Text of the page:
MEDIA RELEASE - Claydon calls on Newcastle to lead the campaign towards a better future for all Australians
11 March 2022
55 years ago, the nation backed-in the 1967 Referendum to change the Constitution so that the Commonwealth could make laws in respect of Aboriginal and Torres Strait Islander peoples and included them in the census. Now we have the chance to make good on the unfinished business that remains.
The Uluru Statement from the Heart represents an overwhelming consensus of First Nations peoples on a proposal for a Voice to Parliament and the establishment of a Makarrata Commission to oversee truth-telling and treaty-making.
The Uluru Statement is a generous gift to the nation - inviting us to walk together with First Nations people in a movement to build a better future.
Last night I had the privilege of hosting Thomas Mayor, a Torres Strait Island man born on Larrakia country in Darwin and author of Finding The Heart of The Nation: The journey of the Uluru Statement towards Voice, Treaty and Truth in Newcastle.
Thomas Mayor was entrusted to carry the sacred canvas of the Uluru Statement from the Heart. He embarked on an eighteen-month journey around the country to garner support for a constitutionally enshrined First Nations voice, and a Makarrata Commission for truth-telling and agreement-making or treaties.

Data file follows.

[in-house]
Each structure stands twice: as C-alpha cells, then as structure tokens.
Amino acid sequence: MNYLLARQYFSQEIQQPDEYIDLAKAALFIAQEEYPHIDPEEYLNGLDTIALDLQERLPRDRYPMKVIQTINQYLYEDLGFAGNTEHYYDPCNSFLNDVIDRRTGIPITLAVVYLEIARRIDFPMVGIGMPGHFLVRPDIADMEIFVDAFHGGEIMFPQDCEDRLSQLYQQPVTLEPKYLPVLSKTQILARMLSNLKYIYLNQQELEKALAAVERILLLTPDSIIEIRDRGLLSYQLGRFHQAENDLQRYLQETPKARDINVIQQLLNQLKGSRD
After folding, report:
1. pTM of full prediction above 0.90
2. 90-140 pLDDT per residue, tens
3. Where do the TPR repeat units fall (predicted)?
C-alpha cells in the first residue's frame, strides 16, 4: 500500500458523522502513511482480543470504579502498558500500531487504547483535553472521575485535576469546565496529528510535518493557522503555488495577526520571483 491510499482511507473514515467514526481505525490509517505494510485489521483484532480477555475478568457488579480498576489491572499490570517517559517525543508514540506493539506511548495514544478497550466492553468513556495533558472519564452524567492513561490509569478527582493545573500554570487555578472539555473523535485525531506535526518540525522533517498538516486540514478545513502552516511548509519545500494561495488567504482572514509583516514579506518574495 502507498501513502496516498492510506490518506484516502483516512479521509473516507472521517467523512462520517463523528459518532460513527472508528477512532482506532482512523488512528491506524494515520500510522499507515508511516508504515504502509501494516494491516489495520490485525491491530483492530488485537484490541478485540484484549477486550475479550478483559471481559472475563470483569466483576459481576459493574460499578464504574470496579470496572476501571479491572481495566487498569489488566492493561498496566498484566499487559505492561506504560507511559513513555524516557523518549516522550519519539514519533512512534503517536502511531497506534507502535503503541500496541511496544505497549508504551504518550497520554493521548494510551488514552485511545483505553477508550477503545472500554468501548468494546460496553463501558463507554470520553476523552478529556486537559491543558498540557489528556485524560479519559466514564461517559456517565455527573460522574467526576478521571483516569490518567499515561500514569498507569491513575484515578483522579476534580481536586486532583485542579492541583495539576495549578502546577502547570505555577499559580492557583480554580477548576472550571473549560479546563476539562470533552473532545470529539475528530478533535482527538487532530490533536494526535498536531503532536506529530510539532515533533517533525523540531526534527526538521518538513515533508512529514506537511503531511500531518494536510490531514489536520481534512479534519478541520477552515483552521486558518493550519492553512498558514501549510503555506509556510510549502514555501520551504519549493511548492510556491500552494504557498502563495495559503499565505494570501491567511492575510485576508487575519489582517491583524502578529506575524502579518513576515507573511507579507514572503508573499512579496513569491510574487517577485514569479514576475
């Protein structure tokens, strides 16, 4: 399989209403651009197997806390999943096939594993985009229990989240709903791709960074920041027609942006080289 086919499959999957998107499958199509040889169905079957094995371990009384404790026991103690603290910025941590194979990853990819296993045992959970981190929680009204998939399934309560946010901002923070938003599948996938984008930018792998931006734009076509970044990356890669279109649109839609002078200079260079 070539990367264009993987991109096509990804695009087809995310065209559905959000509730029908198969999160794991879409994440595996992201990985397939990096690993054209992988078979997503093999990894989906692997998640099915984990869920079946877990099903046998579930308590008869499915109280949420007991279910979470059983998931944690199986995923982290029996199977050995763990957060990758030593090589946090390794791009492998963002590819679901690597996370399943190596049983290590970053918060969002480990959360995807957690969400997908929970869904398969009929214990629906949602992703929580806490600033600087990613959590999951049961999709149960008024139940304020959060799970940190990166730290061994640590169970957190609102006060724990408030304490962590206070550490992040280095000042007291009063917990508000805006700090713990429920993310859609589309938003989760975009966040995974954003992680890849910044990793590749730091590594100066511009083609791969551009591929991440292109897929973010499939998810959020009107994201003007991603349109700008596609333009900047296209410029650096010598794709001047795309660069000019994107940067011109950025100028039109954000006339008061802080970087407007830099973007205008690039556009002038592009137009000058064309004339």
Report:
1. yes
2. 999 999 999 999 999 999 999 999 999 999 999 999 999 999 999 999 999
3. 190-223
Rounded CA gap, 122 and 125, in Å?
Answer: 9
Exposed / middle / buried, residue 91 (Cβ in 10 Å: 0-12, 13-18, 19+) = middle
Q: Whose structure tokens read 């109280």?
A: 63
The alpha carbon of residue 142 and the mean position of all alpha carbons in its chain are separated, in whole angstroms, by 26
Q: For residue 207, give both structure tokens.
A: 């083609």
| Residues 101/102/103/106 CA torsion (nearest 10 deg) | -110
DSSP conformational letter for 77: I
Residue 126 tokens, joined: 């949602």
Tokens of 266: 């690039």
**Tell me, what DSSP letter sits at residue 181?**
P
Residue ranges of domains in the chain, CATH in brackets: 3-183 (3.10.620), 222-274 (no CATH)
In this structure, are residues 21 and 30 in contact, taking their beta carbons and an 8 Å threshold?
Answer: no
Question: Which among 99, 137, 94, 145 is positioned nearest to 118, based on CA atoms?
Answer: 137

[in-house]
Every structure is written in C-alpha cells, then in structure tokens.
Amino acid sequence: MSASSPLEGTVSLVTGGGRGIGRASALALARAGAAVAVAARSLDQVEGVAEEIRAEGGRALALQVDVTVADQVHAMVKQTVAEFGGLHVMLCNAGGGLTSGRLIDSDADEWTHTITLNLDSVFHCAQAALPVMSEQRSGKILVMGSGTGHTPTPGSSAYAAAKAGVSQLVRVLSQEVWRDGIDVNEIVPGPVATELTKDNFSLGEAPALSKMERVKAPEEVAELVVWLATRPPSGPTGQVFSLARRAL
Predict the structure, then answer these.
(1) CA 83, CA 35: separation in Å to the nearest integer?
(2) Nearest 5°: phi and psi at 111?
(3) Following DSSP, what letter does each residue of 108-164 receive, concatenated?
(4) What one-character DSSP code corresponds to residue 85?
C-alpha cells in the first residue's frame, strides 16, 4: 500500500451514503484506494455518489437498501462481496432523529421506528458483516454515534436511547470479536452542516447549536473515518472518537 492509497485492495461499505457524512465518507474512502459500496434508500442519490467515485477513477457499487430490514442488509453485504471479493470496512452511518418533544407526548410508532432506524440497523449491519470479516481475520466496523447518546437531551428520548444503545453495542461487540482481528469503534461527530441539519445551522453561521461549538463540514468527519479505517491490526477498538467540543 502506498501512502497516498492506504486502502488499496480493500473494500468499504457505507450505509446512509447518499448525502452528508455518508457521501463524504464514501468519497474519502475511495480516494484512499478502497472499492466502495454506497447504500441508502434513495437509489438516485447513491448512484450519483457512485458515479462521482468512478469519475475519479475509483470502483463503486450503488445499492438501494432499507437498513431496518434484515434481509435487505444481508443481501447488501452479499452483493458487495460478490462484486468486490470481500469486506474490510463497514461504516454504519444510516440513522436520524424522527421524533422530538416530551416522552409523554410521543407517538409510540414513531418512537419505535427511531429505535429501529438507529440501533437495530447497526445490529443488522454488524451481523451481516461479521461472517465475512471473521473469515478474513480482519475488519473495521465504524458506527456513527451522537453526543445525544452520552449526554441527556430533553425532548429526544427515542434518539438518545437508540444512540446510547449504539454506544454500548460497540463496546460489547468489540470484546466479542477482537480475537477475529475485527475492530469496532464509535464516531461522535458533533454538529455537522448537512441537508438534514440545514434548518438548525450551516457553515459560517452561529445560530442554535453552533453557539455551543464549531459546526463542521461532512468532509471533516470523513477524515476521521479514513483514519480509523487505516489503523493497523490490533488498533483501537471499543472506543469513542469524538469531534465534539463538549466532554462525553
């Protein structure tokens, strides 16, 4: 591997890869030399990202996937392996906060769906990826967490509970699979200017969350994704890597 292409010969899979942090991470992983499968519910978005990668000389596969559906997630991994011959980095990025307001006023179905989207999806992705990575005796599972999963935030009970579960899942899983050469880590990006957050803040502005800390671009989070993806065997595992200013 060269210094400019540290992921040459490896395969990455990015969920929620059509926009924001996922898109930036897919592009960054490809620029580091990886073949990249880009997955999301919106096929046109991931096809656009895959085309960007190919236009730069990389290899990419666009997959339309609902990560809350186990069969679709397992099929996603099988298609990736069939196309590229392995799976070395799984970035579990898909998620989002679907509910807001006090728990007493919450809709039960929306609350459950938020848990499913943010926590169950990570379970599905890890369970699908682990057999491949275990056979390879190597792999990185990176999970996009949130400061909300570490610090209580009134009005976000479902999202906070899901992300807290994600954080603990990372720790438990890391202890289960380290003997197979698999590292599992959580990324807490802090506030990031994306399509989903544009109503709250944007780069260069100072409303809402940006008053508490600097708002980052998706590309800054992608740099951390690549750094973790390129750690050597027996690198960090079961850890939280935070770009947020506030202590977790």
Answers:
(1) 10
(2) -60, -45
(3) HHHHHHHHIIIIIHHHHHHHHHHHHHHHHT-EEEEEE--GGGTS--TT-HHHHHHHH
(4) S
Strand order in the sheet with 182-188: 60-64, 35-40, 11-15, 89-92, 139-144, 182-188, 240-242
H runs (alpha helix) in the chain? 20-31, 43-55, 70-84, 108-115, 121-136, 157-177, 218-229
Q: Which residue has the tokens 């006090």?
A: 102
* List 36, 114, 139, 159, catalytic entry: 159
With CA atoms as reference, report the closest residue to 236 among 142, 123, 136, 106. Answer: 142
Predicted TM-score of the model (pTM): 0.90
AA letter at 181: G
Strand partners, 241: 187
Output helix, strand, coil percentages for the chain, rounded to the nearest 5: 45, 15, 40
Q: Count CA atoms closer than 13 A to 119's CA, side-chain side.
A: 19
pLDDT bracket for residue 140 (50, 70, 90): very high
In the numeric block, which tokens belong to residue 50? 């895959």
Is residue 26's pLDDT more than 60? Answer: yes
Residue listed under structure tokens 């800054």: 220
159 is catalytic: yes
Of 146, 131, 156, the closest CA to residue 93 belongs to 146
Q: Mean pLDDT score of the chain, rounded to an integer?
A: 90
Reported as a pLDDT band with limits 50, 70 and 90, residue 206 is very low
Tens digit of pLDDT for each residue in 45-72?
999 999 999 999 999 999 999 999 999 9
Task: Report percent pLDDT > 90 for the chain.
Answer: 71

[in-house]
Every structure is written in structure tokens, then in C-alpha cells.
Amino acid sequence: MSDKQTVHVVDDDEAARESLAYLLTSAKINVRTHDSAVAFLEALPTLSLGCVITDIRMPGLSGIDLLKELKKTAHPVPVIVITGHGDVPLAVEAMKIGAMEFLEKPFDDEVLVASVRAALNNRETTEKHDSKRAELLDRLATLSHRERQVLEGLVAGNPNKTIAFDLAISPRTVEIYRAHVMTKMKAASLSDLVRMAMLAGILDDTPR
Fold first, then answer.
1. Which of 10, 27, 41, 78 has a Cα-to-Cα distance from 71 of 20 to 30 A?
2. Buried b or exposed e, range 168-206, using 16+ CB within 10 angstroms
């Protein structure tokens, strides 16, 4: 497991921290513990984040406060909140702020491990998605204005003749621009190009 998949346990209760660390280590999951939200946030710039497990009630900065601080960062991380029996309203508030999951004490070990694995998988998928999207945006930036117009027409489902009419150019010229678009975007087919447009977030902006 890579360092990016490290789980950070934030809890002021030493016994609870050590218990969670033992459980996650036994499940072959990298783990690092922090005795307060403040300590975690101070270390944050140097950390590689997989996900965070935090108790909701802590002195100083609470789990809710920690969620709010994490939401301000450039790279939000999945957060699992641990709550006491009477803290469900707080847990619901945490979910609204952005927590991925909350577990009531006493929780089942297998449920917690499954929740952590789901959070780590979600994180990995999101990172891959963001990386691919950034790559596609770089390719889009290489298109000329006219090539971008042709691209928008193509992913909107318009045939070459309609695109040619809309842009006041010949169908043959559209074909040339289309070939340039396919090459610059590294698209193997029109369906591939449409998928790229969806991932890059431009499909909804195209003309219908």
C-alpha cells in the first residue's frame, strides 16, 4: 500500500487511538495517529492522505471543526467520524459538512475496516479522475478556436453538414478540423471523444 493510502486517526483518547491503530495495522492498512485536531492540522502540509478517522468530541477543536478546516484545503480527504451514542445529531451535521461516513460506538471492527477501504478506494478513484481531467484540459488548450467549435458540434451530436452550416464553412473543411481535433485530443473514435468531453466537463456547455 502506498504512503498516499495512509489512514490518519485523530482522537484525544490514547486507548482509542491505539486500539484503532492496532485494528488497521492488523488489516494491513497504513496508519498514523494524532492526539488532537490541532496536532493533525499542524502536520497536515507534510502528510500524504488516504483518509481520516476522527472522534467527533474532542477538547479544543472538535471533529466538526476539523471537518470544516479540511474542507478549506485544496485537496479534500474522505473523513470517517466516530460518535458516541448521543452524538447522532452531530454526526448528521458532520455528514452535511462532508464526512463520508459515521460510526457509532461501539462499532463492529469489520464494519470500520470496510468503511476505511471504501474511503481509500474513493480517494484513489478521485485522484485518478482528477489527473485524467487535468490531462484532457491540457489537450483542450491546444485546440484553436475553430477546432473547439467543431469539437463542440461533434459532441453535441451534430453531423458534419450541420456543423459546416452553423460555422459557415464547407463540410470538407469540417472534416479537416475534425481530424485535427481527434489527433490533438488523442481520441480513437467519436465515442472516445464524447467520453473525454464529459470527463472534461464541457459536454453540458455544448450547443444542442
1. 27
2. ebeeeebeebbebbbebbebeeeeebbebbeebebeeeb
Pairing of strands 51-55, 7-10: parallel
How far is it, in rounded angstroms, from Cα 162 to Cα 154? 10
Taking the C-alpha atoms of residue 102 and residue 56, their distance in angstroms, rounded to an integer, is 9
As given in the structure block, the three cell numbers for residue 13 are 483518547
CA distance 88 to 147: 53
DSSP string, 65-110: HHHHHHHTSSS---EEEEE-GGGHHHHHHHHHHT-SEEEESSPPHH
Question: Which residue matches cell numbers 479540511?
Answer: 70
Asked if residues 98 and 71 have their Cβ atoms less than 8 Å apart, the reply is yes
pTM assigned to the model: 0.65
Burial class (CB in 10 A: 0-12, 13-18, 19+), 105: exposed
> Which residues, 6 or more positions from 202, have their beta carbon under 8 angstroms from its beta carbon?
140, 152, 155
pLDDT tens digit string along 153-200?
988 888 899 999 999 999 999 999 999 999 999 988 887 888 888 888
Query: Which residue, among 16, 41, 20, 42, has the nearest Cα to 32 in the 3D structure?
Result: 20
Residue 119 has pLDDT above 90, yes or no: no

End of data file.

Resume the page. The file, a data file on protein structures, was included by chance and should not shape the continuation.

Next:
Labor has repeatedly called for the Voice to Parliament to be enshrined in our Constitution, and if we form government at the next election, we will progress a referendum as a matter of priority in consultation with First Nations.
Labor is the only party committed to implementing the Uluru Statement of the Heart in full.
Along with truth and treaty, a constitutionally enshrined Voice to Parliament will be a momentous step towards unifying our nation and creating a shared future.
It’s time we attended to the unfinished business of this nation. That’s why I’m calling on the Newcastle community to get involved with the campaign to support the Uluru Statement from the Heart.
It’s been a long journey and there is still much work to be done.
After 55 years of unfinished business – the time for a referendum on a First Nations Voice is now.